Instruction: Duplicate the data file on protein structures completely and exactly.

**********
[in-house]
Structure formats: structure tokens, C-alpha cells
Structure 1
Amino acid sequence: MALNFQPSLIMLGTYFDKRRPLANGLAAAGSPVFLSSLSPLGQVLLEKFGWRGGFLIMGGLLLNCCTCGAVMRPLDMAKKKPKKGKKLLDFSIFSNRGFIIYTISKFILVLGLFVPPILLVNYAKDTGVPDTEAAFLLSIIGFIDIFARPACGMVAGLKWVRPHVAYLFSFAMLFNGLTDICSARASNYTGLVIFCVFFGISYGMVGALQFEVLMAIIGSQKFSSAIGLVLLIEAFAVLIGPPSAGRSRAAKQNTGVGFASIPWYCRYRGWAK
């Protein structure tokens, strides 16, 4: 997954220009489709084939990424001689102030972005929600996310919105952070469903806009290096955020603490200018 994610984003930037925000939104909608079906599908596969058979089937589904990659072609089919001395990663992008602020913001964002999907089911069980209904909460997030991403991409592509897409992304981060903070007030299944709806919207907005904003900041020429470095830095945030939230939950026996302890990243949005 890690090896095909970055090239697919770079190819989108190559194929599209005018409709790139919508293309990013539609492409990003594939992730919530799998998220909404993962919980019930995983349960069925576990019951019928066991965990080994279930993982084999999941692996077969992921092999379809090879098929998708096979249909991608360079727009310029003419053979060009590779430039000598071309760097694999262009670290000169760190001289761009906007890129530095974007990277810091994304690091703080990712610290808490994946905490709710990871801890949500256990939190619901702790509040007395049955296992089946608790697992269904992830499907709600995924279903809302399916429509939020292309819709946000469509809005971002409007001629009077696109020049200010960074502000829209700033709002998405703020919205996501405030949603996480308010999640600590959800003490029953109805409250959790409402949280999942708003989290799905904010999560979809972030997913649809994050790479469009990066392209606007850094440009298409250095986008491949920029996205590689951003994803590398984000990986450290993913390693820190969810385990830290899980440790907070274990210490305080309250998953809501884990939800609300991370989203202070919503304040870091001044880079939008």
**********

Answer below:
[in-house]
Structure formats: structure tokens, C-alpha cells
Structure 1
Amino acid sequence: MALNFQPSLIMLGTYFDKRRPLANGLAAAGSPVFLSSLSPLGQVLLEKFGWRGGFLIMGGLLLNCCTCGAVMRPLDMAKKKPKKGKKLLDFSIFSNRGFIIYTISKFILVLGLFVPPILLVNYAKDTGVPDTEAAFLLSIIGFIDIFARPACGMVAGLKWVRPHVAYLFSFAMLFNGLTDICSARASNYTGLVIFCVFFGISYGMVGALQFEVLMAIIGSQKFSSAIGLVLLIEAFAVLIGPPSAGRSRAAKQNTGVGFASIPWYCRYRGWAK
């Protein structure tokens, strides 16, 4: 997954220009489709084939990424001689102030972005929600996310919105952070469903806009290096955020603490200018 994610984003930037925000939104909608079906599908596969058979089937589904990659072609089919001395990663992008602020913001964002999907089911069980209904909460997030991403991409592509897409992304981060903070007030299944709806919207907005904003900041020429470095830095945030939230939950026996302890990243949005 890690090896095909970055090239697919770079190819989108190559194929599209005018409709790139919508293309990013539609492409990003594939992730919530799998998220909404993962919980019930995983349960069925576990019951019928066991965990080994279930993982084999999941692996077969992921092999379809090879098929998708096979249909991608360079727009310029003419053979060009590779430039000598071309760097694999262009670290000169760190001289761009906007890129530095974007990277810091994304690091703080990712610290808490994946905490709710990871801890949500256990939190619901702790509040007395049955296992089946608790697992269904992830499907709600995924279903809302399916429509939020292309819709946000469509809005971002409007001629009077696109020049200010960074502000829209700033709002998405703020919205996501405030949603996480308010999640600590959800003490029953109805409250959790409402949280999942708003989290799905904010999560979809972030997913649809994050790479469009990066392209606007850094440009298409250095986008491949920029996205590689951003994803590398984000990986450290993913390693820190969810385990830290899980440790907070274990210490305080309250998953809501884990939800609300991370989203202070919503304040870091001044880079939008």